K-9 Klif's replacement takes over Armstrong job after graduation
A police dog became part of Armstrong County's law enforcement team when he graduated from the Pittsburgh Police Canine Academy on Friday.
The Armstrong County District Attorney's Office's new dog, Mibo, an 18-month-old German shepherd and Belgian malinois mix, is trained to sniff out drugs and bombs — like his predecessor, Klif, who was retired this year after being stricken by a crippling disease.
Mibo trained at the Pittsburgh academy for 12 weeks before his graduation, said Detective Mark Heider, who was Klif's handler and will now lead his replacement.
“Graduation naturally brings some excitement and relief after weeks of working with Mibo to get him trained,” Heider said. “But it's a little bittersweet, since it brings a real sense of finality to Klif's career.”
Heider has been bringing Mibo to his home in Sarver for several weeks to get acclimated with his work schedule and develop a bond.
“Klif isn't too happy about it — he's looking at me like, ‘Why are you bringing this new guy into our home?' ” Heider said. “He'll get used to Mibo, but Klif still likes to occasionally give me his guilt trip look for not taking him with me.”
Eight-year-old Klif has been adjusting to early retirement while getting the therapy he needs to keep him steady as his incurable disease progresses, Heider said.
The Region 13 Task Force, an emergency response group representing 13 southwestern counties, purchased Klif's replacement for $7,000. Donations will cover some of Mibo's training and equipment costs. The District Attorney's office will foot the rest of the bill and cover ongoing care and feeding expenses.
“Mibo has got big shoes to fill. Klif always did an outstanding job,” District Attorney Scott Andreassi said. “But we're confident the new dog will also do a great job.”
Brad Pedersen is a staff writer for Trib Total Media. He can be reached at 724-543-1303, ext. 1337, or firstname.lastname@example.org.
Show commenting policy
TribLive commenting policy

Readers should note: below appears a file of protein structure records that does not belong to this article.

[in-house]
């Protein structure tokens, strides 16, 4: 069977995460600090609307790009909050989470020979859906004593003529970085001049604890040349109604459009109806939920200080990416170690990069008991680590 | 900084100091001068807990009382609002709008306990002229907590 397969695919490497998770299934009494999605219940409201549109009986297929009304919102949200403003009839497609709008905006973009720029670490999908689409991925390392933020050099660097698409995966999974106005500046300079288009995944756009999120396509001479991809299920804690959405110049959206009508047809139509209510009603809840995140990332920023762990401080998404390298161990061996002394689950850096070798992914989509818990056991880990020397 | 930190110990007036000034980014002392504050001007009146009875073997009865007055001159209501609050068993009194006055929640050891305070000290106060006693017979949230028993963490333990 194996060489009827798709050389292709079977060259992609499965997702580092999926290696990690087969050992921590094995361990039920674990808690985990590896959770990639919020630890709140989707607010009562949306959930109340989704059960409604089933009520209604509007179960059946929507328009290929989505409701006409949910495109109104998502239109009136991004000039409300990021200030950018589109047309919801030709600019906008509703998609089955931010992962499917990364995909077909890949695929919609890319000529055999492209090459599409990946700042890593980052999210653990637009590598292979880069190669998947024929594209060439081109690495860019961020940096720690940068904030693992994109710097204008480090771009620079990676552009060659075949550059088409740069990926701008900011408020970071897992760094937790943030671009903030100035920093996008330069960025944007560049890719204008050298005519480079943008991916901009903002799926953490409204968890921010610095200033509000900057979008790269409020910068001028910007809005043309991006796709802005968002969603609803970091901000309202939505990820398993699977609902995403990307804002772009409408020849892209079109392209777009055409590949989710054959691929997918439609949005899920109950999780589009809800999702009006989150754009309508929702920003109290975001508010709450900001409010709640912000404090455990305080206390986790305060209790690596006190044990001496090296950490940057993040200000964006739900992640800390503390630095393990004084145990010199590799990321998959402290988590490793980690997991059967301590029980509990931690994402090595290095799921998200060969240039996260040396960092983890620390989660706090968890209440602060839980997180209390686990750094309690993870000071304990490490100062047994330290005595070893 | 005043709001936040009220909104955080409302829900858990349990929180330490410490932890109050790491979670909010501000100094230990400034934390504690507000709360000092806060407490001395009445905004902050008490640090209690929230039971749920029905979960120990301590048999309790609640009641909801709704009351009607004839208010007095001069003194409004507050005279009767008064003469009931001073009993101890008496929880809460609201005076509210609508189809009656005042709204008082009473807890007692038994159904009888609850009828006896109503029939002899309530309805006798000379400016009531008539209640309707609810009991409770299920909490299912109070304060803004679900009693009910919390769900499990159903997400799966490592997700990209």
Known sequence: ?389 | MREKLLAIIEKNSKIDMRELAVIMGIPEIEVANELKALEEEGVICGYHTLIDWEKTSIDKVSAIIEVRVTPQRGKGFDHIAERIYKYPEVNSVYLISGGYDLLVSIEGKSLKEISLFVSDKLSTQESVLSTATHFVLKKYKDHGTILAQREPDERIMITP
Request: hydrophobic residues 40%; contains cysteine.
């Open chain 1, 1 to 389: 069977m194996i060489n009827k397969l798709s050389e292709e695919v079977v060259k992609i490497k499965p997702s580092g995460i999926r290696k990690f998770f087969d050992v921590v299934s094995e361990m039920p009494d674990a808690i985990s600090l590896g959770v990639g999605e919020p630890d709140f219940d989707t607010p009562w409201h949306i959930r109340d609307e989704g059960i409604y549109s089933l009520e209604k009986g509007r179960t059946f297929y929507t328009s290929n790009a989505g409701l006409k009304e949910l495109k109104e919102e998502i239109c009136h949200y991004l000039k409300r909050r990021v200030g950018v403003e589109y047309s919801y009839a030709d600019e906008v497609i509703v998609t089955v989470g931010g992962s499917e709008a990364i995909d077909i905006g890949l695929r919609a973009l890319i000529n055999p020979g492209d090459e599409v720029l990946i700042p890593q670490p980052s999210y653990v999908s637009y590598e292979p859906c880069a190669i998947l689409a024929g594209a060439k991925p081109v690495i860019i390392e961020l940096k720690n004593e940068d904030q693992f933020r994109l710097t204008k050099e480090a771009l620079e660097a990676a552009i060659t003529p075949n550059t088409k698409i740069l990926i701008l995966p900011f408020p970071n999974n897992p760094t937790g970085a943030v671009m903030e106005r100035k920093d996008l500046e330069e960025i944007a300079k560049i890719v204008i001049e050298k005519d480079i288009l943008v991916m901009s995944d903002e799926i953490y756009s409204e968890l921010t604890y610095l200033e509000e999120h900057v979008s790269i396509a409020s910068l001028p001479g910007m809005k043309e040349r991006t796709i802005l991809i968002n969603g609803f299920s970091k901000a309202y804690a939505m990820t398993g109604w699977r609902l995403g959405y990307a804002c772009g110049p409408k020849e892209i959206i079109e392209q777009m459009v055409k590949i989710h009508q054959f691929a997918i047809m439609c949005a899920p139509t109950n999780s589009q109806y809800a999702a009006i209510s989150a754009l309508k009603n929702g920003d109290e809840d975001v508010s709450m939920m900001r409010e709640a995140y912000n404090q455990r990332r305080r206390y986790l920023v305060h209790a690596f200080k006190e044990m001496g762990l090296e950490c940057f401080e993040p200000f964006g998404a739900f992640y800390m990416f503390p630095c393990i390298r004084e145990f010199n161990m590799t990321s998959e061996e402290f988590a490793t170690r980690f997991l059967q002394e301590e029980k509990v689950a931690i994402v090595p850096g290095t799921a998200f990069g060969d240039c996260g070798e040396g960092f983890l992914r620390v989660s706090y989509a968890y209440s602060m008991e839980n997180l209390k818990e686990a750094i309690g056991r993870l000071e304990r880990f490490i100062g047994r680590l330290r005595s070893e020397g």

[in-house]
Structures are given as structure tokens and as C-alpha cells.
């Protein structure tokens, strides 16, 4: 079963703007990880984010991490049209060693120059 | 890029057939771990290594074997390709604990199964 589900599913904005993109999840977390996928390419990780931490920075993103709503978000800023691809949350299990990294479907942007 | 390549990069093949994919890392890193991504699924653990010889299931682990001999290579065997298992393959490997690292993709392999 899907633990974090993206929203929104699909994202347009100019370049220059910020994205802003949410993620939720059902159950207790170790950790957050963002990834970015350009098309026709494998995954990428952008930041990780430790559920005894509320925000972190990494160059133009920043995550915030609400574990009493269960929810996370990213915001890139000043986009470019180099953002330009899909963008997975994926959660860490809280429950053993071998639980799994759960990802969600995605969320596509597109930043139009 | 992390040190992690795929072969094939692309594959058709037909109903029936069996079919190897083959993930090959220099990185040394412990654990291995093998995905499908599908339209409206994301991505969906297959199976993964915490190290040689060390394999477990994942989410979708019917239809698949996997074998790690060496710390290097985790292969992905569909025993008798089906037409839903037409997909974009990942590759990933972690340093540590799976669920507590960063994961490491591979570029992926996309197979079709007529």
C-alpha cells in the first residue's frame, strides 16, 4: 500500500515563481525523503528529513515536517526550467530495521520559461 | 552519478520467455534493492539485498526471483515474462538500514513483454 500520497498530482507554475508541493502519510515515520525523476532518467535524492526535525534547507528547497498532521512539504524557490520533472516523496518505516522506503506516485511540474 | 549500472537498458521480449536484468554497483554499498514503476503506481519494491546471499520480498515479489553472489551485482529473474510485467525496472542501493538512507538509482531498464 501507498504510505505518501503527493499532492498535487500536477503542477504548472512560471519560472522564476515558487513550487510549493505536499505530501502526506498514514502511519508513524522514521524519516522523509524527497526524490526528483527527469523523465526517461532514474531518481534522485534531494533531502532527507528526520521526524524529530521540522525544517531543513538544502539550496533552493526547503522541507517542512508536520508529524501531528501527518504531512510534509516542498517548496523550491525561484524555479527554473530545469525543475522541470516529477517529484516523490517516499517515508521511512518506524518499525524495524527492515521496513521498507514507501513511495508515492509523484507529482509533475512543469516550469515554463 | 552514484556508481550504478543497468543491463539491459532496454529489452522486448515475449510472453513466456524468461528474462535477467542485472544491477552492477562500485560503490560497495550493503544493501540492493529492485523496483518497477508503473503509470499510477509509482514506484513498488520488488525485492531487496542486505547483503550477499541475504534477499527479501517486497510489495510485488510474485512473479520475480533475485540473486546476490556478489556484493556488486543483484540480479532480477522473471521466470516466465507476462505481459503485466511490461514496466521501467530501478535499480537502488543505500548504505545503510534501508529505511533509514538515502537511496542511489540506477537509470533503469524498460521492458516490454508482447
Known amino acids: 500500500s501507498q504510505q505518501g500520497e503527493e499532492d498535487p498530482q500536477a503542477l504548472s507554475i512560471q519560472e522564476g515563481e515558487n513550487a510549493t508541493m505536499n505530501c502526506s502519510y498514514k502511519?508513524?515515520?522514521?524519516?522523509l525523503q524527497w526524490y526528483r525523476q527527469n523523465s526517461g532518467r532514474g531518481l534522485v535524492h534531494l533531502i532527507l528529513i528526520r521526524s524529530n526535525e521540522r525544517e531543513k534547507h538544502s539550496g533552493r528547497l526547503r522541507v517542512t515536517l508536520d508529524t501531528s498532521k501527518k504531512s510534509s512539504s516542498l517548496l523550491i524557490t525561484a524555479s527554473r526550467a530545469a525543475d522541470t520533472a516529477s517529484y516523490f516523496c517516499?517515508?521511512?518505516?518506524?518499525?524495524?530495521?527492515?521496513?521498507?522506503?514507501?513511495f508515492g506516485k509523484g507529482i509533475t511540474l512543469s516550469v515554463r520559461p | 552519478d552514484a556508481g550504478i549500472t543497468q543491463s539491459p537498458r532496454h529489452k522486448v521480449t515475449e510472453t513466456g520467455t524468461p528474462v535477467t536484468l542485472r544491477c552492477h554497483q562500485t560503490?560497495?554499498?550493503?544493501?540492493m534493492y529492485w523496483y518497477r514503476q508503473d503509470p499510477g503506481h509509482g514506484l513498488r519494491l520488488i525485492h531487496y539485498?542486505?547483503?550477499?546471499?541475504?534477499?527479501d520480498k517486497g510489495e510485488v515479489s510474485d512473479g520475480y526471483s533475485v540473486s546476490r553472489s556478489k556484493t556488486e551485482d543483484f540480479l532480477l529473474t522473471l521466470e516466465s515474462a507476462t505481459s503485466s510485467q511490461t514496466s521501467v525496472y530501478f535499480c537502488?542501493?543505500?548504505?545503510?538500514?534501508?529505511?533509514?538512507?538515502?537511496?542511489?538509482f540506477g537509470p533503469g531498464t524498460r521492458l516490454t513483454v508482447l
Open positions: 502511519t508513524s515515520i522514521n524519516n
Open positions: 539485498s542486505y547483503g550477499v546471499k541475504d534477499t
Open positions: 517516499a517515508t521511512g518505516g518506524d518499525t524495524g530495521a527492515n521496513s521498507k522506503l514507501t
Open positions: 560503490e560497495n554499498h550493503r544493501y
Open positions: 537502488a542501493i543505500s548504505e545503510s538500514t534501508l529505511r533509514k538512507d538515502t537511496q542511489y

You are solely responsible for your comments and by using TribLive.com you agree to our Terms of Service.
We moderate comments. Our goal is to provide substantive commentary for a general readership. By screening submissions, we provide a space where readers can share intelligent and informed commentary that enhances the quality of our news and information.
While most comments will be posted if they are on-topic and not abusive, moderating decisions are subjective. We will make them as carefully and consistently as we can. Because of the volume of reader comments, we cannot review individual moderation decisions with readers.
We value thoughtful comments representing a range of views that make their point quickly and politely. We make an effort to protect discussions from repeated comments either by the same reader or different readers.
We follow the same standards for taste as the daily newspaper. A few things we won't tolerate: personal attacks, obscenity, vulgarity, profanity (including expletives and letters followed by dashes), commercial promotion, impersonations, incoherence, proselytizing and SHOUTING. Don't include URLs to Web sites.
We do not edit comments. They are either approved or deleted. We reserve the right to edit a comment that is quoted or excerpted in an article. In this case, we may fix spelling and punctuation.
We welcome strong opinions and criticism of our work, but we don't want comments to become bogged down with discussions of our policies and we will moderate accordingly.
We appreciate it when readers and people quoted in articles or blog posts point out errors of fact or emphasis and will investigate all assertions. But these suggestions should be sent via e-mail. To avoid distracting other readers, we won't publish comments that suggest a correction. Instead, corrections will be made in a blog post or in an article.